Weekly Press Review – 18 September 2017

The partial sinking of the chartered Robben Island ferry, Thandi, on Friday afternoon has made headlines this week.  According to the press, the vessel began taking on water while returning from the island and the 68 passengers and crew on board had to be rescued.

Senior manager of ferry operations at the Robben Island Museum (RIM), Sandresan Thandroyan, said, “Robben Island Museum is conducting its own internal investigation. The South African Maritime Safety Authority (SAMSA) will also be conducting an investigation. RIM will support them throughout the process.”

The vessel has since been towed to Murrays Bay Harbour and stabilised.

Disgruntled fishers stormed the Department of Agriculture, Forestry and Fisheries (DAFF) offices on the foreshore this week demanding the immediate suspension of the West Coast Rock Lobster fishing rights allocation process.

According to the press, local fishers want the West Coast Rock Lobster offshore allocations shifted from big companies to near shore and small-scale fishers.

The group, representing 10 fishing organisations, including the Hout Bay Fishers Community Trust, Kleinmond Integrated Fishing Forum and Mitchells Plain Fishing Forum, also demanded an immediate meeting with Minister Senzeni Zokwana and other senior officials to address the challenges faced by fishing communities in the area.

Premier Food and Fishing has changed its name to Premier Fishing and Brands Limited.

Chief executive Samir Saban said, “The name change ushers in a new and exciting era for the company following its successful listing earlier this year.”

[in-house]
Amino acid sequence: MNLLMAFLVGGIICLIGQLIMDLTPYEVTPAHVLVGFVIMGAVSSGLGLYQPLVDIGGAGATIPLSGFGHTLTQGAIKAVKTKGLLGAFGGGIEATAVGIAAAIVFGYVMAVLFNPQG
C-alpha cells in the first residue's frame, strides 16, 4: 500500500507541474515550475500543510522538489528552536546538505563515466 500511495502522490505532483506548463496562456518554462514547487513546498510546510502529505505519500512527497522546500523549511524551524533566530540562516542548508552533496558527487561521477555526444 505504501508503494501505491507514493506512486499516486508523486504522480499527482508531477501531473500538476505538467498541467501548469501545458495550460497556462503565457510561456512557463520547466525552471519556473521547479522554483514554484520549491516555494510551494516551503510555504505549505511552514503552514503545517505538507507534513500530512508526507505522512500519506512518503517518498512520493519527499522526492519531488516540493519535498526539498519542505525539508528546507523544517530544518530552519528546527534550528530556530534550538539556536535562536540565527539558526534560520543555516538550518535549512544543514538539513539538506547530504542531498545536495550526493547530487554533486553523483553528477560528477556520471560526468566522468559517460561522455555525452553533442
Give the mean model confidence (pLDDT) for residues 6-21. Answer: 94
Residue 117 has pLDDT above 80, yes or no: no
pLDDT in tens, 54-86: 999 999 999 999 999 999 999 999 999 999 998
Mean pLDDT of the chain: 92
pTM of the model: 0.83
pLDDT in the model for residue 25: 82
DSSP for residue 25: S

As part of the International Coastal Clean-up Day started in 1986, the Two Oceans Aquarium invited Capetonians to be part of the 12 million volunteers worldwide and spend two hours picking up litter on Milnerton beach this Saturday.

According to the press, the event included a puppet show for children after the clean-up and volunteers were asked to download the Clean Swell app allowing them to become citizen scientists by tracking their clean-up achievements and at the same time provide valuable data to the Ocean Conservancy’s research data.

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Weekly Press Review – 6 February 2017

The dangers of working in the maritime sector, seems to be the theme of this week’s press review. According to the press there were two separate incidents over the weekend where fishermen lives were endangered and rescue efforts were required.

A fishing boat capsized off Macassar on Sunday. The captain braved shark-infested waters to swim ashore and raise the alarm. The Skymed rescue helicopter located the upturned boat with four men clinging to the side. The NSRI performed the rescue and all crewmembers were later declared fit. They had been in the water for almost four hours.

In a separate incident, one man died after a service boat capsized over the weekend. The fishing vessel, the Jin Syi Shiang, was first on the scene and its crew managed to rescue two of the men from the over-turned vessel. The captain of the stricken vessel, however, remained missing. His body was later discovered aboard the sunken vessel.

The cause of the deaths of two PetroSA workers at the Mossel Bay Gas Liquids Refinery has still not been confirmed. According to the press the two workers received medical attention at the scene, but could not be resuscitated. The families have been notified and an investigation into the incident is taking place.

Also making headlines this week is the announcement that soon-to-be listed Premier Fishing South Africa has installed the first solar energy initiative in the abalone aquaculture space in the country and looks to expand its plant in the Western Cape.

The company stated that it completed the solar energy investment on its Atlantic Abalone farm in Gansbaai with the aim of doubling abalone imports to overseas markets and creating more job opportunities.

Premier Fishing chief executive, Samir Saban, said, “The abalone operation currently employs more than 100 people and with the further expansion of our existing operation we expect to employ more than 300 people once the expansion is completed.”